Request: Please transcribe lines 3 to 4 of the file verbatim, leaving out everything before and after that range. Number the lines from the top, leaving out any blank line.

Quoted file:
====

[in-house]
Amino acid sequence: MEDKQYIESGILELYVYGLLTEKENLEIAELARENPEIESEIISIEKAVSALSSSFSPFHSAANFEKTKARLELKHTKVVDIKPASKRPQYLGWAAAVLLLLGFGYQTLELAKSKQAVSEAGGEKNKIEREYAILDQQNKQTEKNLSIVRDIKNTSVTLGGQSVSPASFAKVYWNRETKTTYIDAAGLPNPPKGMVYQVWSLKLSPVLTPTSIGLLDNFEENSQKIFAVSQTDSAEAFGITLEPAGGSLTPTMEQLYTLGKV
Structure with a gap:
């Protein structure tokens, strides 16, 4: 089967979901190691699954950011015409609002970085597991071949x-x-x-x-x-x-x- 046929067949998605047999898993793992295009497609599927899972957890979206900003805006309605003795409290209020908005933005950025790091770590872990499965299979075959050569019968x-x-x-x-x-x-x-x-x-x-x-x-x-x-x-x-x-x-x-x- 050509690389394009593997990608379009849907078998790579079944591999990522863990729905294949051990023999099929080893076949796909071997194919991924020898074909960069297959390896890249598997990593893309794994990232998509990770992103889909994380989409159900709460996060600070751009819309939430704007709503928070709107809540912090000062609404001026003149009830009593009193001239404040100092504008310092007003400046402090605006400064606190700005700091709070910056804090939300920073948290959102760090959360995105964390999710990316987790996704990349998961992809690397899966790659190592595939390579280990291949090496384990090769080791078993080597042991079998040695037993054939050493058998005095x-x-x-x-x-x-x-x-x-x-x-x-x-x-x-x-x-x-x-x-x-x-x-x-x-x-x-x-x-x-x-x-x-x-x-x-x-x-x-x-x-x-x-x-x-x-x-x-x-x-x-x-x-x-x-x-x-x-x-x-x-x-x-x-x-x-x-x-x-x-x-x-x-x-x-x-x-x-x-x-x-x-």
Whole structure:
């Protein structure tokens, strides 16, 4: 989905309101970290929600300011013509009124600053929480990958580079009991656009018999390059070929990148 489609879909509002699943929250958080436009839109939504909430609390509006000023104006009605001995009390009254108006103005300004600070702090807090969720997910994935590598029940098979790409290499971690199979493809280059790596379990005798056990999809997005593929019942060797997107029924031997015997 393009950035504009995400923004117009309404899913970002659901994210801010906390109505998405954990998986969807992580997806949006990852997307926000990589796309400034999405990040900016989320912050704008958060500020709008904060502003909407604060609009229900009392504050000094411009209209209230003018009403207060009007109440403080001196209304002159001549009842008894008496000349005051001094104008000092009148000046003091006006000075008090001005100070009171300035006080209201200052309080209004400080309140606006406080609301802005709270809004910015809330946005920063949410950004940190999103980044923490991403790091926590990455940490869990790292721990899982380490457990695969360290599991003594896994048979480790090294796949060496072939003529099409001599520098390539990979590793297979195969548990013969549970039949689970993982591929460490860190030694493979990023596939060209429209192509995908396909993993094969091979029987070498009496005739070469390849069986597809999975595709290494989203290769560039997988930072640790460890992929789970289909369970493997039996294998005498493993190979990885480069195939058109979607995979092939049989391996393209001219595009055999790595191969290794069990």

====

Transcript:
Structure with a gap:
């Protein structure tokens, strides 16, 4: 089967979901190691699954950011015409609002970085597991071949x-x-x-x-x-x-x- 046929067949998605047999898993793992295009497609599927899972957890979206900003805006309605003795409290209020908005933005950025790091770590872990499965299979075959050569019968x-x-x-x-x-x-x-x-x-x-x-x-x-x-x-x-x-x-x-x- 050509690389394009593997990608379009849907078998790579079944591999990522863990729905294949051990023999099929080893076949796909071997194919991924020898074909960069297959390896890249598997990593893309794994990232998509990770992103889909994380989409159900709460996060600070751009819309939430704007709503928070709107809540912090000062609404001026003149009830009593009193001239404040100092504008310092007003400046402090605006400064606190700005700091709070910056804090939300920073948290959102760090959360995105964390999710990316987790996704990349998961992809690397899966790659190592595939390579280990291949090496384990090769080791078993080597042991079998040695037993054939050493058998005095x-x-x-x-x-x-x-x-x-x-x-x-x-x-x-x-x-x-x-x-x-x-x-x-x-x-x-x-x-x-x-x-x-x-x-x-x-x-x-x-x-x-x-x-x-x-x-x-x-x-x-x-x-x-x-x-x-x-x-x-x-x-x-x-x-x-x-x-x-x-x-x-x-x-x-x-x-x-x-x-x-x-």